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‘The Privileged Few’ and the Classification of Henwood v Harrison

Dent, C.ORCID: 0000-0002-1801-713X (2005) ‘The Privileged Few’ and the Classification of Henwood v Harrison. Griffith Law Review, 14 (1). pp. 34-60.

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This article considers the treatment of one nineteenth century English defamation decision, Henwood v Harrison, in light of Michel Foucault’s understanding of the construction of discourses. In particular, the processes of classification applied to the decision are examined. That is, the manner in which later barristers, judges, commentators and digest compilers categorised Henwood v Harrison is argued to be an example of an internal discursive control. The treatment of the decision as representing a precedent for either a broad privilege defence to defamatory statements or narrower defences of comment or qualified privilege can be seen as both representing the arbitrary nature of classification and as indicative of the changes taking place in English common law at the time.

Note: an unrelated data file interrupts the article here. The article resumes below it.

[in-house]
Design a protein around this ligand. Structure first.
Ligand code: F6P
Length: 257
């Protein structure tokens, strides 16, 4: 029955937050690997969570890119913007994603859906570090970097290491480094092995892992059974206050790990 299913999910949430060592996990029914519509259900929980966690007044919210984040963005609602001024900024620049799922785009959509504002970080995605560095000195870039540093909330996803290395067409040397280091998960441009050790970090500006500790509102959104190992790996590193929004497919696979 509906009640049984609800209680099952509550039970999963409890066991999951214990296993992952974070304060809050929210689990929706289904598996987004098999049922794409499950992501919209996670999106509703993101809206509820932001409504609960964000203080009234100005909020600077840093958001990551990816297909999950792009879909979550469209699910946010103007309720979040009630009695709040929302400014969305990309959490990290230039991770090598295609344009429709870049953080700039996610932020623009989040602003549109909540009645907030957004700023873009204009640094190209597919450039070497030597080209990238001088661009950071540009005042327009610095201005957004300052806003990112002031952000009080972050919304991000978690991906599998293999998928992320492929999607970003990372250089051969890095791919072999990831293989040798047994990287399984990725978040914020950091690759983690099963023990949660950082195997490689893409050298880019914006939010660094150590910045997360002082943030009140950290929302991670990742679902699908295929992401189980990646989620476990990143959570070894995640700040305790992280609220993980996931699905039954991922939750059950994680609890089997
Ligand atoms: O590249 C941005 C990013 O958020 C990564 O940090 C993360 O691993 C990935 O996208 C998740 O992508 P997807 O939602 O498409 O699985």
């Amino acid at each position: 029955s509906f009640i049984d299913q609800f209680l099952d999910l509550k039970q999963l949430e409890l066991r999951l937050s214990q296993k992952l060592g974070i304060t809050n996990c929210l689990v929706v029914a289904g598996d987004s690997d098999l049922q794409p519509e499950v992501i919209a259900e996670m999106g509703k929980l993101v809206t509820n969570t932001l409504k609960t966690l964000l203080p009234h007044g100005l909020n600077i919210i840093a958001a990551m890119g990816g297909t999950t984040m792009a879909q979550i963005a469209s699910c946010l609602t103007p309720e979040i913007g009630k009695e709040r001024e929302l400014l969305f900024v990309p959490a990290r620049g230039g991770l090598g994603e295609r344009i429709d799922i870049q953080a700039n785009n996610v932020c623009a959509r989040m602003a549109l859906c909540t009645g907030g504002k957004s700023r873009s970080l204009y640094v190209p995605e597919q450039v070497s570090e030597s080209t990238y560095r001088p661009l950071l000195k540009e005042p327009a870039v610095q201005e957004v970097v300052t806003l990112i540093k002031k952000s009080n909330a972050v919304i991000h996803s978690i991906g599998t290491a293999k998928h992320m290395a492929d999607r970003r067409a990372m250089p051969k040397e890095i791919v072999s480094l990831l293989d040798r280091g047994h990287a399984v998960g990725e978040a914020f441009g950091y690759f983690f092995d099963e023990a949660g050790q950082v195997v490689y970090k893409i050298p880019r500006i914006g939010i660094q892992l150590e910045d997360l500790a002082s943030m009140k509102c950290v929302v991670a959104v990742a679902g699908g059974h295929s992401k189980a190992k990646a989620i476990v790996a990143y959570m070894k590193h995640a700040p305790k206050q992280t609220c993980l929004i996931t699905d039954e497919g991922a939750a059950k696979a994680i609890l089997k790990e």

Item Type: Journal Article
Murdoch Affiliation(s): School of Law
Publisher: Taylor & Francis
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